To avoid summary judgment on Plaintiffs Eighth Amendment claim, Plaintiff must provide evidence to show a genuinely disputed issue of material fact as to whether prison officials were deliberately indifferent to a substantial risk of harm to his health or safety. E.g., Farmer , 511 U.S. at 847; Thomas v. Ponder , 611 F.3d 1144, 1150-51 (9th Cir. 2010); Foster v. Runnels , 554 F.3d 807, 812-14 (9th Cir. 2009); Morgan , 465 F.3d at 1045; Johnson , 217 F.3d at 731; Frost v. Agnos , 152 F.3d 1124, 1128 (9th Cir. 1998). Extreme deprivations are required to make out a conditions of confinement claim, and only those deprivations denying the minimal civilized measure of lifes necessities are sufficiently grave to form the basis of an Eighth Amendment violation. Hudson v. McMillian , 503 U.S. 1, 9 (1992) (citations and quotations omitted). In other words, to state an Eighth Amendment claim, Plaintiff must provide evidence sufficient to show that prison officials knew of and disregarded a substantial risk of serious harm to the plaintiff. E.g., Farmer , 511 U.S. at 847; Thomas v. Ponder , 611 F.3d at 1150-51; Foster v. Runnels , 554 F.3d at 812-14; Frost v. Agnos , 152 F.3d at 1128.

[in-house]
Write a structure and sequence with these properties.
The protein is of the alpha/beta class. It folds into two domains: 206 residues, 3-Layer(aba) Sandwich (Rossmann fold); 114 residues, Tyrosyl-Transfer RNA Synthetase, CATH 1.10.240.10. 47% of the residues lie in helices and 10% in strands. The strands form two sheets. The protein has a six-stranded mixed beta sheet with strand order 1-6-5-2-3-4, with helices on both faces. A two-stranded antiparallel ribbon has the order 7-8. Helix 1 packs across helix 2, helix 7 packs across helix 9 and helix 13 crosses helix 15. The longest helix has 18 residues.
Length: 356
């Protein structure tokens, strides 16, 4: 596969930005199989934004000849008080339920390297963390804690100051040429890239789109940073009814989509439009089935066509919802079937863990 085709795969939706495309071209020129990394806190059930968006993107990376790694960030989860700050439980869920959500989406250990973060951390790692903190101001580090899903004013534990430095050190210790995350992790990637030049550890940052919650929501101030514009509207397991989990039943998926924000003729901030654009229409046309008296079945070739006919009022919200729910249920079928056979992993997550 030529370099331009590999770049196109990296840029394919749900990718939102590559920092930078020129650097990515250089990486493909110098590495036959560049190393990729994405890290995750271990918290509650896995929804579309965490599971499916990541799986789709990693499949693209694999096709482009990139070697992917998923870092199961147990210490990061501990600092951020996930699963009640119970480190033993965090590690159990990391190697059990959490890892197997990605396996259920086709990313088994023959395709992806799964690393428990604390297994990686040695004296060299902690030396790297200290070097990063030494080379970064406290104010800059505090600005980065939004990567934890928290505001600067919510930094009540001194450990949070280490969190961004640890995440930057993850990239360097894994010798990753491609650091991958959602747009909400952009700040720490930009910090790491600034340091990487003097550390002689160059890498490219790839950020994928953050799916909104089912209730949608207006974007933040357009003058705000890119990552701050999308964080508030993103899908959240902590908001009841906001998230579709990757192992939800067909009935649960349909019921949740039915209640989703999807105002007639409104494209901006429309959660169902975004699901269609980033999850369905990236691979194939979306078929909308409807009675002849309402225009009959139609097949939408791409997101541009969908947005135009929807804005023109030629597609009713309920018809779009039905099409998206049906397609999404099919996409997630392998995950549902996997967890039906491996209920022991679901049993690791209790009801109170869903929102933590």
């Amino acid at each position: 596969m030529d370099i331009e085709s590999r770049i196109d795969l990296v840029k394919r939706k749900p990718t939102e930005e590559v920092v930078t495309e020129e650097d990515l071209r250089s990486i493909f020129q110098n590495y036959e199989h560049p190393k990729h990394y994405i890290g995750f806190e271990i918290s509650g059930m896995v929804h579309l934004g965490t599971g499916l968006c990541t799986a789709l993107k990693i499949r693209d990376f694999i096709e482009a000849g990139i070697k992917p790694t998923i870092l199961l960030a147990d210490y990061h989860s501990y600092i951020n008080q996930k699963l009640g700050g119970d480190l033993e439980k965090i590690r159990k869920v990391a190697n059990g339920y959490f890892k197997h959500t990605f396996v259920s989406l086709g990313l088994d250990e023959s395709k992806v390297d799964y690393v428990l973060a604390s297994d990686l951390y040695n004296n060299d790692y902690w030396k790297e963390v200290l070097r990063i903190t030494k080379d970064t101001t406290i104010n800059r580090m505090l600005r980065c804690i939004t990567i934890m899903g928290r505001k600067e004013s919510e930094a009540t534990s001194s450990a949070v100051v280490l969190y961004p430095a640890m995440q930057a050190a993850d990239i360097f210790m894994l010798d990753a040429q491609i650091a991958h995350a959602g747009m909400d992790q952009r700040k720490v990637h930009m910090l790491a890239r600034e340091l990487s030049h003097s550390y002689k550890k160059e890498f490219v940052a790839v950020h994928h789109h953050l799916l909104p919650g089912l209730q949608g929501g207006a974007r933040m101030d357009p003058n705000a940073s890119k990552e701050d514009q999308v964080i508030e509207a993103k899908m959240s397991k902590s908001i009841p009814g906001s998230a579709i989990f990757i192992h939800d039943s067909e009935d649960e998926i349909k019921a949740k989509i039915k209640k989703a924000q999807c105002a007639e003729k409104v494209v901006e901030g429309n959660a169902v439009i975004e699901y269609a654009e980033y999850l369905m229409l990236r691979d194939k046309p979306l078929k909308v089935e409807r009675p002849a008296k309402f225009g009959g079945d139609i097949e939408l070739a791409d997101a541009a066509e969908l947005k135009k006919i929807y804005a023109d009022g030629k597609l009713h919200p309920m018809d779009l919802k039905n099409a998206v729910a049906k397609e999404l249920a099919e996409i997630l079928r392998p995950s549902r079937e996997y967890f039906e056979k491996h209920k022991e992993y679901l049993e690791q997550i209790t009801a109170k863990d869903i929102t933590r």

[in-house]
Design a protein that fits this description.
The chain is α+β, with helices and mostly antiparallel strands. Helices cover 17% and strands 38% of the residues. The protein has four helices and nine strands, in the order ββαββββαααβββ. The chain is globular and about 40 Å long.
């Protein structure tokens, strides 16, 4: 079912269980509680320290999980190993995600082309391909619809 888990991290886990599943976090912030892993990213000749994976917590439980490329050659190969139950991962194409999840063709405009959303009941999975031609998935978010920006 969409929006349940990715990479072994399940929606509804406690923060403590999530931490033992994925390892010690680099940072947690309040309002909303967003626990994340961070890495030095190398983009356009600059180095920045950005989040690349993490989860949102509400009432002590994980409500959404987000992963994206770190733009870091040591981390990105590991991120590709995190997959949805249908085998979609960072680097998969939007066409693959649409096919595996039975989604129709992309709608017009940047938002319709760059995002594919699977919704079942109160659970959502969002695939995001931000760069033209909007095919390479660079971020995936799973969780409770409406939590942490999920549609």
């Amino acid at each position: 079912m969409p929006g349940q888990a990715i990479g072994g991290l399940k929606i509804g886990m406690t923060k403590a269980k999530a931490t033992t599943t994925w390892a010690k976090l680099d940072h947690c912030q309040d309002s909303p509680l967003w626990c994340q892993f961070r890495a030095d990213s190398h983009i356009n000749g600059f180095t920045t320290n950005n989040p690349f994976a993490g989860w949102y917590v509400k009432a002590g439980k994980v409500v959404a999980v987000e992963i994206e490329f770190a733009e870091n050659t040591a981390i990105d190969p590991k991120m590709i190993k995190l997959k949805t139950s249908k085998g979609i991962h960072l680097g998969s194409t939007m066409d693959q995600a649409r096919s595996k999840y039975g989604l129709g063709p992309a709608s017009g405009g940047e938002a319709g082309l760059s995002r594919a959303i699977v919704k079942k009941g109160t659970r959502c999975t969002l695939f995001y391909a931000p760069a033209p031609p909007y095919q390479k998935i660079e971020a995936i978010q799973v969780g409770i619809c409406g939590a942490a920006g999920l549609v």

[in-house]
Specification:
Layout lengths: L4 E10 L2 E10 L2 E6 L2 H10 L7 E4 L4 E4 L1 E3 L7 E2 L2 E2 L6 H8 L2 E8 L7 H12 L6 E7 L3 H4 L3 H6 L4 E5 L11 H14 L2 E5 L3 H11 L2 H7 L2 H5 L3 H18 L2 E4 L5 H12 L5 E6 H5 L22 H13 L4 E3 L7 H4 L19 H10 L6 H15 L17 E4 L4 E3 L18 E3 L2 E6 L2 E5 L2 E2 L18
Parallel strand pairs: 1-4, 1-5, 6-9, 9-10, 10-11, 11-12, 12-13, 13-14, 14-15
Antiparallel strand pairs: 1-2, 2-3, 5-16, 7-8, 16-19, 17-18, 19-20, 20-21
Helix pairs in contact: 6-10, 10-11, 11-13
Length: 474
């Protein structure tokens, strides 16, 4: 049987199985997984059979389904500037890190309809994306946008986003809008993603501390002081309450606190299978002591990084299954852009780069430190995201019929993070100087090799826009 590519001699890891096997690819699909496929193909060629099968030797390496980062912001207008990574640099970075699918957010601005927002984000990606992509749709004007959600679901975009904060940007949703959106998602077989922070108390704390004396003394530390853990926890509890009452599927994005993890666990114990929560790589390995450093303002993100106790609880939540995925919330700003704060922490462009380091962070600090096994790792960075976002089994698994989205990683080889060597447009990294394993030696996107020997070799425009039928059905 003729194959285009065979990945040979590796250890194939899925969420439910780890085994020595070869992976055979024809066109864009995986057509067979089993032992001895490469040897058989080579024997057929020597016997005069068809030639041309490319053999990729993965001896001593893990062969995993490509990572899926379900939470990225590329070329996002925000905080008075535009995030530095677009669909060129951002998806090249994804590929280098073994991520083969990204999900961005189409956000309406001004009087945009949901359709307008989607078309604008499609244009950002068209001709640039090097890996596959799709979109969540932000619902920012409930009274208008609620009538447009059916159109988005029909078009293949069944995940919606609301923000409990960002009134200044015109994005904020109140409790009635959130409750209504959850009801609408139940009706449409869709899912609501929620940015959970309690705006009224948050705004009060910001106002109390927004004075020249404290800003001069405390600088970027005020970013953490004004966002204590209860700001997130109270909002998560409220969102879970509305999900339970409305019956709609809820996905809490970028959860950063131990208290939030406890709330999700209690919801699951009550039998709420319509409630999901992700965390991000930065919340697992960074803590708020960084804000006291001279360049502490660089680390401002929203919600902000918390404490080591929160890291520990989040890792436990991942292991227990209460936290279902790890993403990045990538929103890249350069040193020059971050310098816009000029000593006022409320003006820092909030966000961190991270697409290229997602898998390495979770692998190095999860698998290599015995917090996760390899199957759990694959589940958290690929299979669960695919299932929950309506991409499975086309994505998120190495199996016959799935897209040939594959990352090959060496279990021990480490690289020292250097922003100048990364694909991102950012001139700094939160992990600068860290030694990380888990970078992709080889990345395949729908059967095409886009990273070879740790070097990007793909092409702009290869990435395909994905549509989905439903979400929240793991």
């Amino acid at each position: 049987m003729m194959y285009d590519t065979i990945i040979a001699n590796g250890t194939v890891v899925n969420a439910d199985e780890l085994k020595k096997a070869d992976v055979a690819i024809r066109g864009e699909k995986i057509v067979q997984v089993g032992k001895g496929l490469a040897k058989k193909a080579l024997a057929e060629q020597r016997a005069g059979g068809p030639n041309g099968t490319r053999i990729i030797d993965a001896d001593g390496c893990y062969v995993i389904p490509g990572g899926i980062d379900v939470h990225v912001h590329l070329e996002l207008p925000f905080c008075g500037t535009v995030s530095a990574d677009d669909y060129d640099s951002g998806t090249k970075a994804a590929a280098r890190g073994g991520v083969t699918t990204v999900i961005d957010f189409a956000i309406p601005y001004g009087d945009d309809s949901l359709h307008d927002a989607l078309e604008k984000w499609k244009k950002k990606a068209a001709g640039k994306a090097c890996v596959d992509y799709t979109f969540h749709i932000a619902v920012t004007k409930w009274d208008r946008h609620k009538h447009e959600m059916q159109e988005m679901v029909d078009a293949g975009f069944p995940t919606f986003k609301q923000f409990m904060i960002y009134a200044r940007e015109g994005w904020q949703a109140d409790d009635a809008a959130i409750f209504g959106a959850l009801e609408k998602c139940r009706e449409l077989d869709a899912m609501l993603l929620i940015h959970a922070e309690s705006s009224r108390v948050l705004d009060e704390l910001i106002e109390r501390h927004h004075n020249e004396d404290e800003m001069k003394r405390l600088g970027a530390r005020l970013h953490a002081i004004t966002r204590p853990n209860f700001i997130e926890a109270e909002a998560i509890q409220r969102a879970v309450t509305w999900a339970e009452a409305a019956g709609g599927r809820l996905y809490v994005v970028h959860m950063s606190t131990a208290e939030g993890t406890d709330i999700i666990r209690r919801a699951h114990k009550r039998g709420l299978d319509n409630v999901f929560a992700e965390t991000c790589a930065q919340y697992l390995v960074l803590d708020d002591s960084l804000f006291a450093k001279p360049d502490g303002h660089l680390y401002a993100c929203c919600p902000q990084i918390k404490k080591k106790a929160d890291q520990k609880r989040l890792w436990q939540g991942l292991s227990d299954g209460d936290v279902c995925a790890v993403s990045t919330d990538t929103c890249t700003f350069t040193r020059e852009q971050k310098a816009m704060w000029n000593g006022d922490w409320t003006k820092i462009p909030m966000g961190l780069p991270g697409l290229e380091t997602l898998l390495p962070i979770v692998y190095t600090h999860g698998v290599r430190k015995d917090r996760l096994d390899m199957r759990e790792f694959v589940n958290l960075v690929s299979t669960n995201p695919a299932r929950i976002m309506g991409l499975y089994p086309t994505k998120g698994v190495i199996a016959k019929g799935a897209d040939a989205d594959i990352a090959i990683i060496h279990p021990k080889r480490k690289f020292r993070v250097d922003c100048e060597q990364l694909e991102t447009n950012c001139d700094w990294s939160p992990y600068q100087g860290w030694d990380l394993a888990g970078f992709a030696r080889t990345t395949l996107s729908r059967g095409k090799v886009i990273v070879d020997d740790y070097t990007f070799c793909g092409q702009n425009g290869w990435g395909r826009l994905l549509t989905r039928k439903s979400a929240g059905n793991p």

In their motions, objections, and briefs, all parties refer to the policies and procedures for suicide watch at Corcorans Outpatient Housing Unit (OHU) in effect at CCI in 2002-03. In brief, an OHU cell is a single cell that contains a toilet and sink. While in OHU, an inmate is typically provided with a suicide blanket, suicide mattress, and disposable paper boxer shorts. If an inmate is on suicide prevention watch, an inmate is placed in a cell without anything that he could use to harm himself. The inmate is checked on every fifteen minutes. When an inmate is placed under suicide watch, he is placed in a similar cell but is continuously monitored. In extreme cases, staff may further restrict an inmates access to items and place the inmate in five-point restraints. Inmates normally stay at OHU no more than 72 hours. If a longer time period is needed, inmates are generally transferred to special mental health crisis beds at nearby prison hospitals.